Sunday, June 19, 2011

A Rose is a Rose (e-book) by Jet Mykles

As far as I can tell, this can only be purchased in e-book form.


Carson is upset when Anthony, his boyfriend, breaks up with him just as he's considering suggesting that they move in together. All his adult life, Carson has been well taken care of by his boyfriends, and Anthony was no exception - during the six months they were together, Anthony helped Carson pay for his food, apartment, clothes, you name it. He also saw to it that Carson got a nice job as the "eye candy" at a burlesque show, even though Carson isn't much of a dancer or singer and doesn't have the ambition or willpower necessary to get better. Carson's primary talent is looking pretty - with the way he dresses and looks, it's not an uncommon occurrence for him to be mistaken for a woman.

Without Anthony, Carson's cushy life crumbles. He doesn't know if he can afford to pay for both his rent and food, and his job at the burlesque begins to go downhill. It would all be completely depressing if it weren't for Eddie, the superintendent of his apartment building. Eddie's a manly kind of guy: bearded, good with tools, likes sports. He's not the kind of man Carson usually goes for, and he's not rich enough to give Carson the kind of lifestyle he's used to, but...he's kind, quiet, and sweet. Even though Carson and Eddie are complete opposites, they make each other happy.

Carson's not sure what to do. He loves Eddie more than he has anyone else he's ever been with, but he also knows he needs to learn to stand on his own two feet. Plus, he feels that a great guy like Eddie could do a lot better than someone like him. When Anthony offers to take him back, will Carson succumb to the temptation to go back to the life he used to have, or will he take a risk and try to aim for something better?


The excerpt I read intrigued me, but as I started reading this book I wondered if I had made a mistake in choosing it. Carson seemed a bit like the male version of that perky blonde rich guys always seem to keep around like pets. I was a little surprised he actually had some idea of how to put together a budget and knew what all his bills were.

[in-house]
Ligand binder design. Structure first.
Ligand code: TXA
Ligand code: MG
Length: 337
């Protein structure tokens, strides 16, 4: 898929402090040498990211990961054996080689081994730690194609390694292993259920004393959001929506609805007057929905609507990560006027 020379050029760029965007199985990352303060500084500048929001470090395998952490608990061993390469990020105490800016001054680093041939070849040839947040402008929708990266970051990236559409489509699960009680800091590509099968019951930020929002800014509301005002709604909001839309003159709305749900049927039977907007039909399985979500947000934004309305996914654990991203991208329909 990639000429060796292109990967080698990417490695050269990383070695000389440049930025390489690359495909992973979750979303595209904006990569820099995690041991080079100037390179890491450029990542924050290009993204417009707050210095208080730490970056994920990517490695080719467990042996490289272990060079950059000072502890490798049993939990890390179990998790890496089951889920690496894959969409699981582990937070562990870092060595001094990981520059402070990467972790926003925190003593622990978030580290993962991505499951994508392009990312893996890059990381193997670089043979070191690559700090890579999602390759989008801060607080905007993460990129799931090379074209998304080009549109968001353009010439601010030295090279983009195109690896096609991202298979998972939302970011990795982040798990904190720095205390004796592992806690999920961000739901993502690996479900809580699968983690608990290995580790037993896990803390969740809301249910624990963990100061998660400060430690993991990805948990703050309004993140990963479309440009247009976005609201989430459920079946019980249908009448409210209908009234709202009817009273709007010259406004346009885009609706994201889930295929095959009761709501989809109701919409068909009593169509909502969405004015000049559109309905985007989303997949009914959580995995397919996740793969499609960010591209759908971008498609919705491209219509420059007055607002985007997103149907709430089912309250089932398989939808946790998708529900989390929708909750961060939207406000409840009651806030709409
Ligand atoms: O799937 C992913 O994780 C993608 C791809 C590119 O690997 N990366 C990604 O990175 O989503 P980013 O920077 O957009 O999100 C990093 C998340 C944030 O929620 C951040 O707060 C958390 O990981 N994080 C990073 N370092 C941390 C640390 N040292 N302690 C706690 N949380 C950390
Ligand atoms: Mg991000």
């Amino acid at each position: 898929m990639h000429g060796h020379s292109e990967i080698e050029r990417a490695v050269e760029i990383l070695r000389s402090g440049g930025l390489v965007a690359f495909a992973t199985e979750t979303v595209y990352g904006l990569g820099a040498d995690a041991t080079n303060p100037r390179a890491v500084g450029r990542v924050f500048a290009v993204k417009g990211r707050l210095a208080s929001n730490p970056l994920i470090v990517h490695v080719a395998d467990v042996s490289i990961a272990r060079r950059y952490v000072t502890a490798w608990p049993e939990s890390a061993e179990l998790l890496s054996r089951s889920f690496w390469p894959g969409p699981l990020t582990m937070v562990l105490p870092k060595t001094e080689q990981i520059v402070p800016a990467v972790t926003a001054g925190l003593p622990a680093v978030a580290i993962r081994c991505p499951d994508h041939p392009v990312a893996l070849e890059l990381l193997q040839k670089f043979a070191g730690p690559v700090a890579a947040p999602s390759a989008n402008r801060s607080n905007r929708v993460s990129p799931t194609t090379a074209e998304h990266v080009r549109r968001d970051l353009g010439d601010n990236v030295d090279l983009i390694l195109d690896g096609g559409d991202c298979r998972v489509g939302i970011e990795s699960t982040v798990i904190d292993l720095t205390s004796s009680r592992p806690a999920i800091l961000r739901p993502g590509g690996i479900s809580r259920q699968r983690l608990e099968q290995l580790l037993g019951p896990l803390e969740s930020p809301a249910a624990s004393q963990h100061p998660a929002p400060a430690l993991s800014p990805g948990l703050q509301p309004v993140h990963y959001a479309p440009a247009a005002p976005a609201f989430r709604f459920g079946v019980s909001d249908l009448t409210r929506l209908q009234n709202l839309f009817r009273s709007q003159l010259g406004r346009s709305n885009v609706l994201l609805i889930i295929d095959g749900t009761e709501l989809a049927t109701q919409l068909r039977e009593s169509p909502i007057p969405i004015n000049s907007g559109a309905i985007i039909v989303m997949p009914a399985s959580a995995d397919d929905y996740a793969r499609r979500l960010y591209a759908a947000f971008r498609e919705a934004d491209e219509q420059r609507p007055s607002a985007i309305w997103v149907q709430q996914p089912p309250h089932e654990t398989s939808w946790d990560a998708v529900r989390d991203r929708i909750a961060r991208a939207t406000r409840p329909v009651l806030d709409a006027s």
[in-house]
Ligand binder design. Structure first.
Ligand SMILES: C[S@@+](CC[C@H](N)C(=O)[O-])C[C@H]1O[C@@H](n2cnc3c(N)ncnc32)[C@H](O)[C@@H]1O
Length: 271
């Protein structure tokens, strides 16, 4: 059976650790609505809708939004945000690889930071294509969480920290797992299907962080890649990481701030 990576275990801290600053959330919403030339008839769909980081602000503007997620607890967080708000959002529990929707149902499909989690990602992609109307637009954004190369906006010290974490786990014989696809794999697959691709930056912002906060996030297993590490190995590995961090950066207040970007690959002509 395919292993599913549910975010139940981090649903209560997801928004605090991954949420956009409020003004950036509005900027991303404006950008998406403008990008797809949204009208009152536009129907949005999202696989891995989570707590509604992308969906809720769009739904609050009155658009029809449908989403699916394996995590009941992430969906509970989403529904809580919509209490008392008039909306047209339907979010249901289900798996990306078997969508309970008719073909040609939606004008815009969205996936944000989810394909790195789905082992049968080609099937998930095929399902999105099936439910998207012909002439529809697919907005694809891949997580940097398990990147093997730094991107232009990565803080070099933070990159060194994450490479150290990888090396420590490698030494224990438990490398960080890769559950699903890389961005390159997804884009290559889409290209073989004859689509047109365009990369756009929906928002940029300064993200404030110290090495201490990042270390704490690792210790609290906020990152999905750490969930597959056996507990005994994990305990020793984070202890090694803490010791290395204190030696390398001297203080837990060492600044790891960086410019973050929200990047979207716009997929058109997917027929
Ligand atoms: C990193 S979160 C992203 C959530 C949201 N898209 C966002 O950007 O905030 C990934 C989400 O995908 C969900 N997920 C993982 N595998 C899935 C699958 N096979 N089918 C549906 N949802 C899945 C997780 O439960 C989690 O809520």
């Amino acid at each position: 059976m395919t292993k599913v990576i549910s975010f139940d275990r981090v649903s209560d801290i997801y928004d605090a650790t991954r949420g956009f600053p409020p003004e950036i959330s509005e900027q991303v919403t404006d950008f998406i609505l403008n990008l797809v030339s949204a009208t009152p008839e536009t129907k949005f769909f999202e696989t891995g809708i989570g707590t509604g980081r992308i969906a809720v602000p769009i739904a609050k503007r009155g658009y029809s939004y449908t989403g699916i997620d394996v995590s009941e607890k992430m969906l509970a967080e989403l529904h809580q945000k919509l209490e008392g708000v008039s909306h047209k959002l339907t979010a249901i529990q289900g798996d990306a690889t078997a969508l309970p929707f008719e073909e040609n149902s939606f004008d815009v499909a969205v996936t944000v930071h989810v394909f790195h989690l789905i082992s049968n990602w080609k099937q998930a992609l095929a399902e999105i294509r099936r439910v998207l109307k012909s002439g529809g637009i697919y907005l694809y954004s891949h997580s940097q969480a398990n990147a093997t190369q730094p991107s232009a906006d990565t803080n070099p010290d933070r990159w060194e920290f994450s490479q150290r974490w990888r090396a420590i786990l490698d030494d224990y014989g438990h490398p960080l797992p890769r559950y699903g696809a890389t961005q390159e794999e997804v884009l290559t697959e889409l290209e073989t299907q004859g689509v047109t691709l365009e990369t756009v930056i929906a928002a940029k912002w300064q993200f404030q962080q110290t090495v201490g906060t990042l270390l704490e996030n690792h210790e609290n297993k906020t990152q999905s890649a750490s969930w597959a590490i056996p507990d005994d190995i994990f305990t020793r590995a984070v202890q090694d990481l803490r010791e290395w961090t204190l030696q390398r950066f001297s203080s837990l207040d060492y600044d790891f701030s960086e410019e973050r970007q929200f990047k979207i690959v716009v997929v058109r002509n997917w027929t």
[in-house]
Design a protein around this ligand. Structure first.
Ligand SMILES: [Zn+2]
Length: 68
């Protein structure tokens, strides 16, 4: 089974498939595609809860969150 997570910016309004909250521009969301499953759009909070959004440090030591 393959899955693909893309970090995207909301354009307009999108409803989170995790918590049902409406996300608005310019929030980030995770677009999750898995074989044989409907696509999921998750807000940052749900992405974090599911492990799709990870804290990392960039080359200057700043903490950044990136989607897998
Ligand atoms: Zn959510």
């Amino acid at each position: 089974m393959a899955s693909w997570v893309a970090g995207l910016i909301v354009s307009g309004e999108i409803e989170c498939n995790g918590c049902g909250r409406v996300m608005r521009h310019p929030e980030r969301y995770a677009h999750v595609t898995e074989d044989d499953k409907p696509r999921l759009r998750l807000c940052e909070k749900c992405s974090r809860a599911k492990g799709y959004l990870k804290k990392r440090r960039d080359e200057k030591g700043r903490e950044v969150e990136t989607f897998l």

Amazingly, Carson turned out to be my favorite thing about this book. Instead of being annoyed that he let things get so bad by allowing himself to be completely taken care of by all his boyfriends, I found myself amazed that he actually recognized that this wasn't the best way for him to live. Nearly everyone in his life traded sex for money and pretty things and saw nothing wrong with doing so. In fact, Carson's mother encouraged him to find someone else who could give him the life he was accustomed to and, when Anthony returned and said he'd take Carson back, Carson's mother and one of his friends were thrilled and naturally assumed he'd go back to him. When Carson tried to talk about love with his mother, she dismissed it as foolish and unnecessary.

My impression of Carson was that he was basically a really nice, vibrant person who made a lot of mistakes and was easily blinded by pretty things. As bad as I felt for him, as his life quickly fell down around his ears, I think he needed for that to happen. Had Eddie been capable of giving him all the expensive gifts he was used to, Carson would probably have slipped into a happy, blind relationship with him, once again oblivious to how helpless he was without someone to take care of him. Since Eddie couldn't do that, since Carson liked being with him anyway, and since Carson's job was quickly becoming a source of unhappiness, Carson couldn't just continue to be blind to his own problems.

Unfortunately, it took him ages to get around to doing anything about it. He wanted to stay with Eddie and still have everything else in his life be the way he was used to it being, but it was pretty obvious that wasn't going to work out. At first, it was nice when Eddie helped him, but it gradually become clear that, however well-meaning his intentions, Eddie was just doing the same thing for Carson that all his other boyfriends had done. The only difference was that Eddie had less money to spend.

Carson recognizes that this is unhealthy for him and probably not good for Eddie, either. I didn't realize how bad the situation was for Eddie until Carson told him he was going to leave and Eddie desperately offered him all the money he had. Although I liked that Mykles did not allow Carson to go back to Eddie until after he'd gotten a new job and learned to stand on his own, I didn't like that the emotional unhealthiness on Eddie's part was never addressed. It put a seed of doubt in my mind that Carson and Eddie's HEA could actually last, not the best thing for a romance novel.

I found Eddie in general to be one of the weakest parts of this book. On the one hand, it was probably a good thing that Eddie was so steady, nonjudgmental, and quiet – he balanced out Carson's emotional roller coaster and overall flamboyant nature. On the other hand, I felt like I never really got to know him. I knew that he lived a quiet life, that he probably hadn't dated seriously in a while, and that he really loved his mother, but I didn't really feel like I knew what was going on in his head. He didn't feel like a whole person so much as a somewhat fleshed-out sketch of a character designed to give the story balance. Like I said, that balance was probably a good thing, but I would have liked to have been given a peek into Eddie's perspective on everything.